Loren Lieb laughed as she read a sign on her office wall drawn by her 7-year-old son, but she knows his motivation is no laughing matter.
“One way I can make a difference is by marching for no guns,” wrote Joshua Stepakoff, one of three children injured by a spray of bullets leveled at the North Valley Jewish Community Center in Los Angeles last August.
Lieb sat patiently as her son recovered from two gunshot wounds, but she will stand in solidarity with thousands of others in a demonstration calling for gun control legislation.
The Million Mom March, to be held on Mother’s Day, May 14, has garnered more support than originally expected by its creator, New Jersey resident Donna Dees-Thomases, who initiated the march after watching the aftermath of the JCC shooting on television.
Although the demonstration’s name rests on the reasoning that the image of mothers protesting can be a powerful, emotional weapon, both men and women will participate.
More than 100,000 are expected to descend on the National Mall in Washington in an effort to bring the issue to the forefront of election-year debates. Synagogues and Jewish organizations from around the country are sending delegations, and local communities are also planning smaller marches.
Among the issues the marchers are pushing for are:
A “cooling off,” or waiting, period as well as background checks for gun purchases;
Licenses, registration and safety locks for all handguns;
Limits on purchases to one handgun per month;
Better enforcement of current gun laws.
The pending event seems to have bridged the gaps that often separate Jews of different streams. Endorsers include organizations normally polarized by religion and politics, ranging from the Religious Action Center of Reform Judaism to the Orthodox Union.
“In the Jewish community, this is not a divisive issue,” said Marc Israel, director of congregational relations for the Religious Action Center, adding that the Jewish response to the march has been “tremendous.”
“There was the hate crime in Chicago against Jews coming home from Shabbat services,” said Reva Price, Washington representative for the Jewish Council for Public Affairs, referring to last summer’s attack on Orthodox Jews. “We’ve seen it touch our community very profoundly.”
In Los Angeles, about 30 mothers have been meeting at the JCC every two weeks since the shooting, according to Francine Naor, whose daughters escaped the shooting unharmed. Wanting to be involved in the march, the group has raised $10,000 to fly families to Washington.
“Something like this can’t happen and then you don’t respond to it,” said Lieb.
Statistics say youth are at risk as potential victims of gun violence. According to a 1997 report by the Children’s Defense Fund, 12 children die each day from gunfire. The FBI reports that 65 percent of all murders in 1998 were committed with a firearm.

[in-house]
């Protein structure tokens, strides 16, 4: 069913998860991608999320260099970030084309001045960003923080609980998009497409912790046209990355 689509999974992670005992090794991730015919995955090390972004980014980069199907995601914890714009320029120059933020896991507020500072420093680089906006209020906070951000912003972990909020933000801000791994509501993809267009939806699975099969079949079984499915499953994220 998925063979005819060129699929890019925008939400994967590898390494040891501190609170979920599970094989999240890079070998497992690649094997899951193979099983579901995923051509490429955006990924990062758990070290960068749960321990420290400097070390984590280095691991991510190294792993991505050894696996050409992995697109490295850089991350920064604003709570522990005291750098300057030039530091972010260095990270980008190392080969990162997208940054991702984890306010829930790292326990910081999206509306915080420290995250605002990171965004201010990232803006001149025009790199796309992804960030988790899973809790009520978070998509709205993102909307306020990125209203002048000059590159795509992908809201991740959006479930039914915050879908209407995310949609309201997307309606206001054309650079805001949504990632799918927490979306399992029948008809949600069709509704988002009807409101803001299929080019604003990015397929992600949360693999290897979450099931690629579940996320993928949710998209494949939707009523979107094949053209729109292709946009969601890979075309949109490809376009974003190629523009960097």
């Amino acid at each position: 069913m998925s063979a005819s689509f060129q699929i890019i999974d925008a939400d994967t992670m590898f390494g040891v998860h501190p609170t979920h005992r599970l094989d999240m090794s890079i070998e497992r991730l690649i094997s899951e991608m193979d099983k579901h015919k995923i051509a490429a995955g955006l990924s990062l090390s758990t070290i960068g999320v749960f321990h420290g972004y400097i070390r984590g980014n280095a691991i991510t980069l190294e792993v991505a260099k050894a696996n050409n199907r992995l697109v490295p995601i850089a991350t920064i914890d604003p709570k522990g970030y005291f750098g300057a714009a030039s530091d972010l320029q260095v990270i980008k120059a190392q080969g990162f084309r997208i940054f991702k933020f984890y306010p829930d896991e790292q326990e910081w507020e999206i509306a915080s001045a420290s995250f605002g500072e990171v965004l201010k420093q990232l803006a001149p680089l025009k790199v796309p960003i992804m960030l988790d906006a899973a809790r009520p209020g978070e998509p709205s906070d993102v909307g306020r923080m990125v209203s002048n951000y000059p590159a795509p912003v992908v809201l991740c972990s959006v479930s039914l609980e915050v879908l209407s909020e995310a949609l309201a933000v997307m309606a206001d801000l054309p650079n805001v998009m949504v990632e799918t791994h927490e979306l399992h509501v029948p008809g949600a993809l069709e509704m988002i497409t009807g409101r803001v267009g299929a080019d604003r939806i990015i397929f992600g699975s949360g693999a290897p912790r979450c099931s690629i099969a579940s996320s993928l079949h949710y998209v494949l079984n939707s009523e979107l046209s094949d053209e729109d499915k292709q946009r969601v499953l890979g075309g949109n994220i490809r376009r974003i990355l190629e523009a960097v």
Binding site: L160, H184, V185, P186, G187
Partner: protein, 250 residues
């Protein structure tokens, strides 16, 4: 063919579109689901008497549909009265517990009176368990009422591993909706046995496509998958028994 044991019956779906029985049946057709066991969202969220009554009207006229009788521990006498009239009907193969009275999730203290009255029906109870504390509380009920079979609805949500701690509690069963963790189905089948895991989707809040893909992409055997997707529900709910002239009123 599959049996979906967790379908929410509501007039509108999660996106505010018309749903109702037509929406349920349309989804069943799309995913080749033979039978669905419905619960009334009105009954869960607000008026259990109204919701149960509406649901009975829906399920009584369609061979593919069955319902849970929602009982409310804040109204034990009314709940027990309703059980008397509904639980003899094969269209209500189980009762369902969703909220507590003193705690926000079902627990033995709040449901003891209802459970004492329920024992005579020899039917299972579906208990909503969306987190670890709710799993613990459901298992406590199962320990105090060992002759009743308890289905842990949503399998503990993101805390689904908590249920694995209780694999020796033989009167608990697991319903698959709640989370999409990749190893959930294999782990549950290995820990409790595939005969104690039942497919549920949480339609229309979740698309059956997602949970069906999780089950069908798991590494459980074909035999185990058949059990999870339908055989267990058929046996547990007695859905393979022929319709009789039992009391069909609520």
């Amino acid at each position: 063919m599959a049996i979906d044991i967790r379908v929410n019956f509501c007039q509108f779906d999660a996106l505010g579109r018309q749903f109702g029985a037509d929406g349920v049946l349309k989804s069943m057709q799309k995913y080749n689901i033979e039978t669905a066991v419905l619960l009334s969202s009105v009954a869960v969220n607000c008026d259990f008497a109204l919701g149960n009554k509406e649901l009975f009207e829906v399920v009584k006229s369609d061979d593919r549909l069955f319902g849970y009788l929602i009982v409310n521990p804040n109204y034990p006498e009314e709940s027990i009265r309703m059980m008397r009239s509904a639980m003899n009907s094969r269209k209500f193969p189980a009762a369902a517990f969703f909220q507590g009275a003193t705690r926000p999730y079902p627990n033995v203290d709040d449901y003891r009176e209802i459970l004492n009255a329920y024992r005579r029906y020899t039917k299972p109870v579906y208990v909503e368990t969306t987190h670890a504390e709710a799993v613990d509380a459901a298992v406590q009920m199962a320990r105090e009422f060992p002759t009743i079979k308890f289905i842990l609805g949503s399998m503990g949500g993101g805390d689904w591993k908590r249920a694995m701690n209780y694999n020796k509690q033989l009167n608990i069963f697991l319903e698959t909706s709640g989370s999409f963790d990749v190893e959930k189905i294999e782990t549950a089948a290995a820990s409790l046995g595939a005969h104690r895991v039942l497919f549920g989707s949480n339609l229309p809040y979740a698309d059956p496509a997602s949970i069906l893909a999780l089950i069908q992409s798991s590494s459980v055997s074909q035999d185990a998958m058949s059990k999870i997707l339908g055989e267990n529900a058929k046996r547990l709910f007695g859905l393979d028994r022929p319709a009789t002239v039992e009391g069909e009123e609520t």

“As long as we have guns readily available, then we have not yet, as humankind, achieved sanity in this world,” said Lois Shallit, executive director of the New York City chapter of Hadassah, the Women’s Zionist Organization of America. Two days before her younger son’s Bar Mitzvah in 1990, her oldest son, David Tzvi, was shot to death during a robbery by six teen-agers.
“We had a Bar Mitzvah on Saturday and a funeral on Sunday,” Shallit said.
Chapter members will be in Washington, marching in memory of David.
As the largest Jewish women’s organization in the country, Hadassah considers it a responsibility to participate in the Million Mom March.
“Could I quote you a [biblical] text about guns? Probably not,” said Tana Senn, director of Hadassah’s National American Affairs/Domestic Policy Department. “But it’s inherently Jewish to want to protect the Jewish community and communities at large.”
Rabbi Joel Mosbacher of Temple Emanu-El in Atlanta is planning to march in Washington in the name of pikuach nefesh, the mitzvah of saving a life. His father was shot to death in January 1999.
“I lived a sheltered suburban lifestyle,” said Mosbacher. Before his father’s murder, he added, “the issue didn’t really resonate for me.”
One year later, Mosbacher feels differently.
Gail Powers, Million Mom March regional coordinator for California, Nevada and Arizona, said her son, Nathan, did not suffer any physical wounds when he escaped the North Valley JCC shooting unharmed, but his emotional scars have not yet healed.
“I didn’t get involved until this happened in my backyard,” Powers said.
Being of service to one’s community and tikkun olam, which means repairing the world, “are Jewish values that I learned late in life. I’d like to give those values to my children.”
The coordinator for the state of Florida, Melissa Jacobson, lost two friends to an accidental shooting when she was 11 years old. Now that she has her own child, his safety is foremost in her mind.
She said the lack of adequate gun control legislation has bothered her for some time yet she did not pursue any course of action until now.
“I feel I have to set an example for my kids,” said Jacobson, who is expecting her second child in August. “As a Jewish parent, it’s the ultimate responsibility that I have to protect them.”
Powers echoed the sentiment.
“One mom is a powerful voice.”
The Archive of the Jewish Telegraphic Agency includes articles published from 1923 to 2008. Archive stories reflect the journalistic standards and practices of the time they were published.